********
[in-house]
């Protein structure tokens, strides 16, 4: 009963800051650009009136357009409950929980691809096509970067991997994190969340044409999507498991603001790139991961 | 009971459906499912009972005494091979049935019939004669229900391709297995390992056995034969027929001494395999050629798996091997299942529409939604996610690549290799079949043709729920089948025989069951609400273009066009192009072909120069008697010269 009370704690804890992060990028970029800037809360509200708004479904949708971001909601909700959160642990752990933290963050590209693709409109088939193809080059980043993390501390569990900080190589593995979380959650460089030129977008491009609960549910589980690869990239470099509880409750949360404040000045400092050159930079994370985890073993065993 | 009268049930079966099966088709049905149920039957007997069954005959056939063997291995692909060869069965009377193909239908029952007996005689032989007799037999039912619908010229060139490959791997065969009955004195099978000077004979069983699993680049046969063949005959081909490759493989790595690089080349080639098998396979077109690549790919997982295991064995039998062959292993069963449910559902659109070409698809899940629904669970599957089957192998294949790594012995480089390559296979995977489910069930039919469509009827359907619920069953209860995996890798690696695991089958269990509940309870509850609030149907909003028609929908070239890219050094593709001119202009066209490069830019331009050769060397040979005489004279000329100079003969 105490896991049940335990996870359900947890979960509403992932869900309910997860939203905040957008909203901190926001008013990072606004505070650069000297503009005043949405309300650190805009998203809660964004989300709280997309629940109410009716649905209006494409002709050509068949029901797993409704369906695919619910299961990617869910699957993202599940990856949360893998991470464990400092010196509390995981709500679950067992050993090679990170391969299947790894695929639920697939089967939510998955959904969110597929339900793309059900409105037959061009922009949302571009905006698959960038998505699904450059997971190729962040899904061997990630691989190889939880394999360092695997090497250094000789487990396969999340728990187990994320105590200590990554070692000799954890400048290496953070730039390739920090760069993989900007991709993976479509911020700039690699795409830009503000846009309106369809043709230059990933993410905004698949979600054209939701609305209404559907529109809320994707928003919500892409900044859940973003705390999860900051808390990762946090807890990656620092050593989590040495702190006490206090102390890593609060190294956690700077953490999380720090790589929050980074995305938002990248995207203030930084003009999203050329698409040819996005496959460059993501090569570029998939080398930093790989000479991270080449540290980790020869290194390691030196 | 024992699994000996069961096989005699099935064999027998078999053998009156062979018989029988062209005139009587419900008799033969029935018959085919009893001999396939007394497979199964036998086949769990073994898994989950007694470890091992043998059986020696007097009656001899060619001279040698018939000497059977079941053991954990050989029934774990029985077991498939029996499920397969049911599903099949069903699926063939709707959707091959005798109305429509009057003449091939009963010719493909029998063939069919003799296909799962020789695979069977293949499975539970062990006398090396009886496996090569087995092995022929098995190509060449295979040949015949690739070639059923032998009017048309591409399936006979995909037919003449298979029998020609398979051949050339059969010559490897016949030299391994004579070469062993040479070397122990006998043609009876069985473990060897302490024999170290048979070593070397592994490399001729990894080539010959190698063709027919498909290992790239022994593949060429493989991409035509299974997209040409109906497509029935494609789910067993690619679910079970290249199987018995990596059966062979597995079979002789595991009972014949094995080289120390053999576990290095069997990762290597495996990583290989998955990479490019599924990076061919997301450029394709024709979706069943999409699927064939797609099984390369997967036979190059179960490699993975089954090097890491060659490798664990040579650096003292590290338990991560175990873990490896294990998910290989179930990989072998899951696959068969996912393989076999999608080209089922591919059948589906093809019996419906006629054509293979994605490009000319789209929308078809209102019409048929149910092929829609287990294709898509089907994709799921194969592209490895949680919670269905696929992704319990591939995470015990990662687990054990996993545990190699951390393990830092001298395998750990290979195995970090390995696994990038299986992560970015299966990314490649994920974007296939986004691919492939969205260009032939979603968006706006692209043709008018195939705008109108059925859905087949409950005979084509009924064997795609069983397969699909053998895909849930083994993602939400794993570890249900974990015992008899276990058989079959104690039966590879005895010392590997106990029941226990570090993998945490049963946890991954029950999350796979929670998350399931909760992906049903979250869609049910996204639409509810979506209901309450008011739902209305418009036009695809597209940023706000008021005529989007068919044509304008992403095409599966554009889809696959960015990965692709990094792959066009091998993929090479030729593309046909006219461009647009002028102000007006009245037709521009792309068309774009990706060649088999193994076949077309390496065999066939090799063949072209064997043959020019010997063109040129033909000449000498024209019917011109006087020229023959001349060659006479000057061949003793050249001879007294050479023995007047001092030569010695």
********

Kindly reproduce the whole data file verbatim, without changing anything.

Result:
[in-house]
């Protein structure tokens, strides 16, 4: 009963800051650009009136357009409950929980691809096509970067991997994190969340044409999507498991603001790139991961 | 009971459906499912009972005494091979049935019939004669229900391709297995390992056995034969027929001494395999050629798996091997299942529409939604996610690549290799079949043709729920089948025989069951609400273009066009192009072909120069008697010269 009370704690804890992060990028970029800037809360509200708004479904949708971001909601909700959160642990752990933290963050590209693709409109088939193809080059980043993390501390569990900080190589593995979380959650460089030129977008491009609960549910589980690869990239470099509880409750949360404040000045400092050159930079994370985890073993065993 | 009268049930079966099966088709049905149920039957007997069954005959056939063997291995692909060869069965009377193909239908029952007996005689032989007799037999039912619908010229060139490959791997065969009955004195099978000077004979069983699993680049046969063949005959081909490759493989790595690089080349080639098998396979077109690549790919997982295991064995039998062959292993069963449910559902659109070409698809899940629904669970599957089957192998294949790594012995480089390559296979995977489910069930039919469509009827359907619920069953209860995996890798690696695991089958269990509940309870509850609030149907909003028609929908070239890219050094593709001119202009066209490069830019331009050769060397040979005489004279000329100079003969 105490896991049940335990996870359900947890979960509403992932869900309910997860939203905040957008909203901190926001008013990072606004505070650069000297503009005043949405309300650190805009998203809660964004989300709280997309629940109410009716649905209006494409002709050509068949029901797993409704369906695919619910299961990617869910699957993202599940990856949360893998991470464990400092010196509390995981709500679950067992050993090679990170391969299947790894695929639920697939089967939510998955959904969110597929339900793309059900409105037959061009922009949302571009905006698959960038998505699904450059997971190729962040899904061997990630691989190889939880394999360092695997090497250094000789487990396969999340728990187990994320105590200590990554070692000799954890400048290496953070730039390739920090760069993989900007991709993976479509911020700039690699795409830009503000846009309106369809043709230059990933993410905004698949979600054209939701609305209404559907529109809320994707928003919500892409900044859940973003705390999860900051808390990762946090807890990656620092050593989590040495702190006490206090102390890593609060190294956690700077953490999380720090790589929050980074995305938002990248995207203030930084003009999203050329698409040819996005496959460059993501090569570029998939080398930093790989000479991270080449540290980790020869290194390691030196 | 024992699994000996069961096989005699099935064999027998078999053998009156062979018989029988062209005139009587419900008799033969029935018959085919009893001999396939007394497979199964036998086949769990073994898994989950007694470890091992043998059986020696007097009656001899060619001279040698018939000497059977079941053991954990050989029934774990029985077991498939029996499920397969049911599903099949069903699926063939709707959707091959005798109305429509009057003449091939009963010719493909029998063939069919003799296909799962020789695979069977293949499975539970062990006398090396009886496996090569087995092995022929098995190509060449295979040949015949690739070639059923032998009017048309591409399936006979995909037919003449298979029998020609398979051949050339059969010559490897016949030299391994004579070469062993040479070397122990006998043609009876069985473990060897302490024999170290048979070593070397592994490399001729990894080539010959190698063709027919498909290992790239022994593949060429493989991409035509299974997209040409109906497509029935494609789910067993690619679910079970290249199987018995990596059966062979597995079979002789595991009972014949094995080289120390053999576990290095069997990762290597495996990583290989998955990479490019599924990076061919997301450029394709024709979706069943999409699927064939797609099984390369997967036979190059179960490699993975089954090097890491060659490798664990040579650096003292590290338990991560175990873990490896294990998910290989179930990989072998899951696959068969996912393989076999999608080209089922591919059948589906093809019996419906006629054509293979994605490009000319789209929308078809209102019409048929149910092929829609287990294709898509089907994709799921194969592209490895949680919670269905696929992704319990591939995470015990990662687990054990996993545990190699951390393990830092001298395998750990290979195995970090390995696994990038299986992560970015299966990314490649994920974007296939986004691919492939969205260009032939979603968006706006692209043709008018195939705008109108059925859905087949409950005979084509009924064997795609069983397969699909053998895909849930083994993602939400794993570890249900974990015992008899276990058989079959104690039966590879005895010392590997106990029941226990570090993998945490049963946890991954029950999350796979929670998350399931909760992906049903979250869609049910996204639409509810979506209901309450008011739902209305418009036009695809597209940023706000008021005529989007068919044509304008992403095409599966554009889809696959960015990965692709990094792959066009091998993929090479030729593309046909006219461009647009002028102000007006009245037709521009792309068309774009990706060649088999193994076949077309390496065999066939090799063949072209064997043959020019010997063109040129033909000449000498024209019917011109006087020229023959001349060659006479000057061949003793050249001879007294050479023995007047001092030569010695």